June 2 (Bloomberg) -- Shaquille O’Neal, at 39 the oldest player in the National Basketball Association this season, is retiring after a 19-year career in which he earned almost $300 million in salary and millions more in endorsements.
O’Neal drew paychecks of about $292.2 million during his career, earning an annual high of $27.7 million with the Miami Heat in 2004-05, according to basketball-reference.com.
He also was paid about $15 million a year for endorsements of 24-Hour Fitness, Icy Hot, VitaminWater, Burger King, Kraft Foods, Pepsi, Comcast, Radio Shack, Reebok and Taco Bell, according to Sports Illustrated’s The Fortunate 50.
“I would imagine that he is poised to transition to being talent in the sports entertainment industry, similar to Charles Barkley and others,” Stephen McDaniel, who teaches sports and entertainment marketing at the University of Maryland, said in an e-mail.
O’Neal was sixth this year on Bloomberg BusinessWeek’s Power 100, which rates American athletes on and off the field. His net worth was estimated at $135 million two years ago by Forbes magazine.
While endorsements may still come his way, sports marketing experts say O’Neal may lose some of his contracts that were contingent on his participation as an active player.
Companies seeking sports figures as spokesmen tend to sign contracts with “existing superstars” such as the Heat’s LeBron James and Dwyane Wade, said Steve Olenick, a lawyer with Davis & Gilbert in New York.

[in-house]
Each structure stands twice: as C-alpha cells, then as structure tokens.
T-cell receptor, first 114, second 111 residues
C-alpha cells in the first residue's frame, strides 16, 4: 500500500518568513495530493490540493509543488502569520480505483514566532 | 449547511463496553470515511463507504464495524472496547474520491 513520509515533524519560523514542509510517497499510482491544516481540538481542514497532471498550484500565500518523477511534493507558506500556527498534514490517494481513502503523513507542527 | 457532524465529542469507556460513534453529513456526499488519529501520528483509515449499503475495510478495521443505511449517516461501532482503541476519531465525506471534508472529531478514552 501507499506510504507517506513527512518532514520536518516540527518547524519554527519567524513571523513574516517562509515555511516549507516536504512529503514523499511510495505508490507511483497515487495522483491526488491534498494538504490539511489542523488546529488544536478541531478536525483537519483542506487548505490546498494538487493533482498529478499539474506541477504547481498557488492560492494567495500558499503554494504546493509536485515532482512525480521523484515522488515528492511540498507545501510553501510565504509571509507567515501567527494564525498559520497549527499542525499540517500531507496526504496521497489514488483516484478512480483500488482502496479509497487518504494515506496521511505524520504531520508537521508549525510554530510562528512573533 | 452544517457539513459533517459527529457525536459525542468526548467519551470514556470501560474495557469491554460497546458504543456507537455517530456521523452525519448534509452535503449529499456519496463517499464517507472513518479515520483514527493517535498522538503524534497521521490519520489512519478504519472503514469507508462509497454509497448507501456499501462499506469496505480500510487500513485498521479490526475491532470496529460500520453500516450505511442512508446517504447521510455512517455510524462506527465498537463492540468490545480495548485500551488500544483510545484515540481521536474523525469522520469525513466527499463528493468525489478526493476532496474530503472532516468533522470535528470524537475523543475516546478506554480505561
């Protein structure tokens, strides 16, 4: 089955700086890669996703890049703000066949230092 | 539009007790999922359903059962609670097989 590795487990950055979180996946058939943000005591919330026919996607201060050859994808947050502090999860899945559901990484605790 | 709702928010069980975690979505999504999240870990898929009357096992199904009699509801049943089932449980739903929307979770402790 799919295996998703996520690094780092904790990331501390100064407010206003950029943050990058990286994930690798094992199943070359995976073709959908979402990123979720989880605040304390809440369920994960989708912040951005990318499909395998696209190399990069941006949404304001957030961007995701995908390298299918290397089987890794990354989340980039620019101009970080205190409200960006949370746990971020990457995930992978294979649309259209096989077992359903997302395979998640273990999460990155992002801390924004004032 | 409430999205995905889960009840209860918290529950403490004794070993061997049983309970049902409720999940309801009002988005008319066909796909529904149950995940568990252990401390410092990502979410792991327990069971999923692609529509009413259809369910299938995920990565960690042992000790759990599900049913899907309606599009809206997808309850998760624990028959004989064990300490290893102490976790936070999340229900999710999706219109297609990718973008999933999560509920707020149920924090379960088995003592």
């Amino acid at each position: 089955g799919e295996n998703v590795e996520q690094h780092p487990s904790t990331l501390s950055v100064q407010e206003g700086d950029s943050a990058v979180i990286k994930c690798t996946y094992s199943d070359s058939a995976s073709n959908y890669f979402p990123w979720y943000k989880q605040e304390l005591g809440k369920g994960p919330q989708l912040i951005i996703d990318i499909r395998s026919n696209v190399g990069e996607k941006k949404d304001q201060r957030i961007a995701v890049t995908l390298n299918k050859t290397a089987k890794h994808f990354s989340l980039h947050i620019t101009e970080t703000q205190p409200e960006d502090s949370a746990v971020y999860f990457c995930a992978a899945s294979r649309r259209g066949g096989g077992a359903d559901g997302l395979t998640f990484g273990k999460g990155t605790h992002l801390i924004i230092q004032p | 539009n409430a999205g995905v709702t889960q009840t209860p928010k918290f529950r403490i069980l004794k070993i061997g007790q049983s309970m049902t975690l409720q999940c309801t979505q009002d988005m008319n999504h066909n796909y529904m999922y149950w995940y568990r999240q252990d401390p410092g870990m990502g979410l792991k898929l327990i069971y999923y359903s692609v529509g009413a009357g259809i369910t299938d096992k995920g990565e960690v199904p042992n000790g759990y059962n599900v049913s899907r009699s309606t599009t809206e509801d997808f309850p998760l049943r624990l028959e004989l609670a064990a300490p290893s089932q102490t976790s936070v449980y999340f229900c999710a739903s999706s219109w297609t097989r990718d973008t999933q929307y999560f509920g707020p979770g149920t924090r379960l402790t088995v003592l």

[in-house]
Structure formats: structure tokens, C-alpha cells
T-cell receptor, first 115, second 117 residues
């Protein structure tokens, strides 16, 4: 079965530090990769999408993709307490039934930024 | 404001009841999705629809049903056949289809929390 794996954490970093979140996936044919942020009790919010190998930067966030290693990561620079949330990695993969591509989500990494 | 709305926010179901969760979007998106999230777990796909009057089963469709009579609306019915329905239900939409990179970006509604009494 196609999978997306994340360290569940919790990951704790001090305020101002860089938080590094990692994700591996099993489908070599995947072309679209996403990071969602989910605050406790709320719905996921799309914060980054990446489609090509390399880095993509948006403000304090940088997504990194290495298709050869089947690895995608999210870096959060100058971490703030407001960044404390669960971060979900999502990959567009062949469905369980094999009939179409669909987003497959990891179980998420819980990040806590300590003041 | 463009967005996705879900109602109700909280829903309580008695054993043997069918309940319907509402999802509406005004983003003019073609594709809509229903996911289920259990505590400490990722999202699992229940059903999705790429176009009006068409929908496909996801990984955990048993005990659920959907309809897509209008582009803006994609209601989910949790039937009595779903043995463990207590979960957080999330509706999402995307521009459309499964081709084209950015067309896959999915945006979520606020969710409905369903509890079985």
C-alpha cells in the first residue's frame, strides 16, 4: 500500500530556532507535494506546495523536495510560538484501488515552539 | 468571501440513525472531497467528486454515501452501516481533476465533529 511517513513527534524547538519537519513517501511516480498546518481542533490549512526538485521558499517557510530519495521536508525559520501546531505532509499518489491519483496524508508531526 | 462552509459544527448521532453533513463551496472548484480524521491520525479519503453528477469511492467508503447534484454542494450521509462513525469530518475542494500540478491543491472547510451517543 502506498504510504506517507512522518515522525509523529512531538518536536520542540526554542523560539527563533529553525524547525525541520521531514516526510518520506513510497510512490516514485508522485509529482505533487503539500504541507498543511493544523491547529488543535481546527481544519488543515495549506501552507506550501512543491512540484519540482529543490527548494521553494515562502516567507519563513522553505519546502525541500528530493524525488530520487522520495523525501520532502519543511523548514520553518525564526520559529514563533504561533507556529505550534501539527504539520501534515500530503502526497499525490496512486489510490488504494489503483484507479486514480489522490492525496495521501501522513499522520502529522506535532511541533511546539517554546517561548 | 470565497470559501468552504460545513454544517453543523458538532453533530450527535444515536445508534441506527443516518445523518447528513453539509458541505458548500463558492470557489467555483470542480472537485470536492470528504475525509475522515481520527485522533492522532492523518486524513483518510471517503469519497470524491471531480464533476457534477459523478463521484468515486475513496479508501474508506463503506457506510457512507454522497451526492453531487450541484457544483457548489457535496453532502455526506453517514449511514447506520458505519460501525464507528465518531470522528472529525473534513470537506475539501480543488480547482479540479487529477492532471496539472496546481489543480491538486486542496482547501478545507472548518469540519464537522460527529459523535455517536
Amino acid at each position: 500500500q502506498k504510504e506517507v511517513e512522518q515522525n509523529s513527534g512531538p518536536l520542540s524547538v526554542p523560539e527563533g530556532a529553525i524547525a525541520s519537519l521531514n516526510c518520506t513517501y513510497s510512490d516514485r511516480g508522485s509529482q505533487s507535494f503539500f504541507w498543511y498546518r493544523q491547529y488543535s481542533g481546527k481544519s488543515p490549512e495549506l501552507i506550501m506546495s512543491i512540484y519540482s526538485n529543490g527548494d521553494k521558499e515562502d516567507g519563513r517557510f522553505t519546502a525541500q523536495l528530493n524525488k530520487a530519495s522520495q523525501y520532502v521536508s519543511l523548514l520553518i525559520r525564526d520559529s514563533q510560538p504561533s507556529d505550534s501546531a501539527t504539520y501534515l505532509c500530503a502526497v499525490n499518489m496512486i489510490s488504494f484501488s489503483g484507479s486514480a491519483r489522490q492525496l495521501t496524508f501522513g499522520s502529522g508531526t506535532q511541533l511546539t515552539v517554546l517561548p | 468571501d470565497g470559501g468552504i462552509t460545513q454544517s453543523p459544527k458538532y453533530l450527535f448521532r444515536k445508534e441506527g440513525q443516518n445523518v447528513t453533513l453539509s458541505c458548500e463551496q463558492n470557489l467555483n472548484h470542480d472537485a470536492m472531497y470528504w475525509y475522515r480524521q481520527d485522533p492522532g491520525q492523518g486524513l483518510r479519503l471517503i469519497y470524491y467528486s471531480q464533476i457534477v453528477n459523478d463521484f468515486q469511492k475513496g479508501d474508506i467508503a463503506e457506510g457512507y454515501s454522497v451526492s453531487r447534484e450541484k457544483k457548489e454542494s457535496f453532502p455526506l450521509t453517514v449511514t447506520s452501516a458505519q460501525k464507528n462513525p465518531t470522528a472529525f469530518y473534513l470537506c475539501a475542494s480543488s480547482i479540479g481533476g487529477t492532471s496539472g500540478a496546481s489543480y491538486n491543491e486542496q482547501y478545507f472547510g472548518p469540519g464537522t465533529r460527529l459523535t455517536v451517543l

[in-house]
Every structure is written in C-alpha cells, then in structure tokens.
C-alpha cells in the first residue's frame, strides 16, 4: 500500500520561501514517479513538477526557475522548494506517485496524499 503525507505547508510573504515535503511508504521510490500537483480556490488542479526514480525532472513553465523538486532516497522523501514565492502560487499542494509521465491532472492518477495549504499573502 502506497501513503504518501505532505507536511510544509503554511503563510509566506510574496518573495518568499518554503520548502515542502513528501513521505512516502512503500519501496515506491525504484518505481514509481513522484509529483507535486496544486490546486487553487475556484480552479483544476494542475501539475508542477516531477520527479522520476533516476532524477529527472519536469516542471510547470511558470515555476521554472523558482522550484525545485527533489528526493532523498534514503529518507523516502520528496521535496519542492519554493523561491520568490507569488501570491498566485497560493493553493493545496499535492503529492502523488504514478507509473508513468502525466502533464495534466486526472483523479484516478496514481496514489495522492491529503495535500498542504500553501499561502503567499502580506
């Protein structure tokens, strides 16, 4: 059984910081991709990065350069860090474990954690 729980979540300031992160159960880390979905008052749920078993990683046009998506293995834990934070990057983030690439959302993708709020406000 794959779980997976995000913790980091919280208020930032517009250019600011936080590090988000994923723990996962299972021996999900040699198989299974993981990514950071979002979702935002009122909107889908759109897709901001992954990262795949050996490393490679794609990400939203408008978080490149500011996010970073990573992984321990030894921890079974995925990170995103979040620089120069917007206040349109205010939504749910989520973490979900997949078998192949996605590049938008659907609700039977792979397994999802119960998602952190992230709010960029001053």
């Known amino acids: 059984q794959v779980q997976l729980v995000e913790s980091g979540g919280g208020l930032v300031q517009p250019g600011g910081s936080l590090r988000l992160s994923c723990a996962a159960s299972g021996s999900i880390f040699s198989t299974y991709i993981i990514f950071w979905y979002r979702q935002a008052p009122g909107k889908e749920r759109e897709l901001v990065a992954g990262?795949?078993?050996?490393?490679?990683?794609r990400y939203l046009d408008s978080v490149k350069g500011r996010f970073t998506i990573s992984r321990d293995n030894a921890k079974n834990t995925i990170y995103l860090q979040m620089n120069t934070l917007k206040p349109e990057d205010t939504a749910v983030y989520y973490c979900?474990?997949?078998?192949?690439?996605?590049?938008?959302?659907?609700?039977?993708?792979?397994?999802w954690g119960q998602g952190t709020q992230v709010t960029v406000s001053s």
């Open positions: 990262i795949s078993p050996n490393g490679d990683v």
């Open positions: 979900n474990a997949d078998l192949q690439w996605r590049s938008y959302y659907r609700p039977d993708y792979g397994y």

“He may latch on with a start-up or social media company,” Olenick said, noting that O’Neal used Twitter to make public his decision.
‘The Best Bang’
Other companies, however, are looking for big-time talent to represent their products, Olenick said in a telephone interview.
“Endorsers want the best bang for their buck,” he said. “He’s not going to sell your product. He’s not the dominant force he once was. It’s tough to speculate whether he’ll keep some of his deals. A lot of companies want existing NBA players.”
O’Neal, who played for the Boston Celtics this past season, won three titles with the Los Angeles Lakers and one with the Heat. He played on 15 All-Star teams.
O’Neal, unlike some athletes who have muddied their reputations with off-court activities, has managed to avoid situations that could drive endorsers away, McDaniel said.
“Shaq has always had a likable and playful personality,” he said. “He is a lock for Hall of Fame. He has also managed his brand well in that he has avoided off-the-court trouble. So, he has a good image and hasn’t damaged his credibility.”
In 2004, O’Neal was traded from Los Angeles to Miami, where he won his fourth title in 2006. O’Neal played for the Phoenix Suns and Cleveland Cavaliers before joining the Celtics as a free agent before the start of the 2010-2011 season. He was limited to 37 games this season for the Celtics because of injuries.
Off the court, O’Neal has released four rap albums and headlined a pair of ABC reality television shows, “Shaq’s Big Challenge” and “Shaq Vs.” He starred in a number of movies, including “Blue Chips” and “Kazaam,” and has been a reserve police officer in Los Angeles and Miami.
“I wouldn’t be surprised to see him on ‘Dancing with the Stars’ and other mainstream entertainment, which helps keep him in the public eye as this did wonders to jump-start Emmitt Smith’s cache on the lucrative public-speaking circuit,” McDaniel said.
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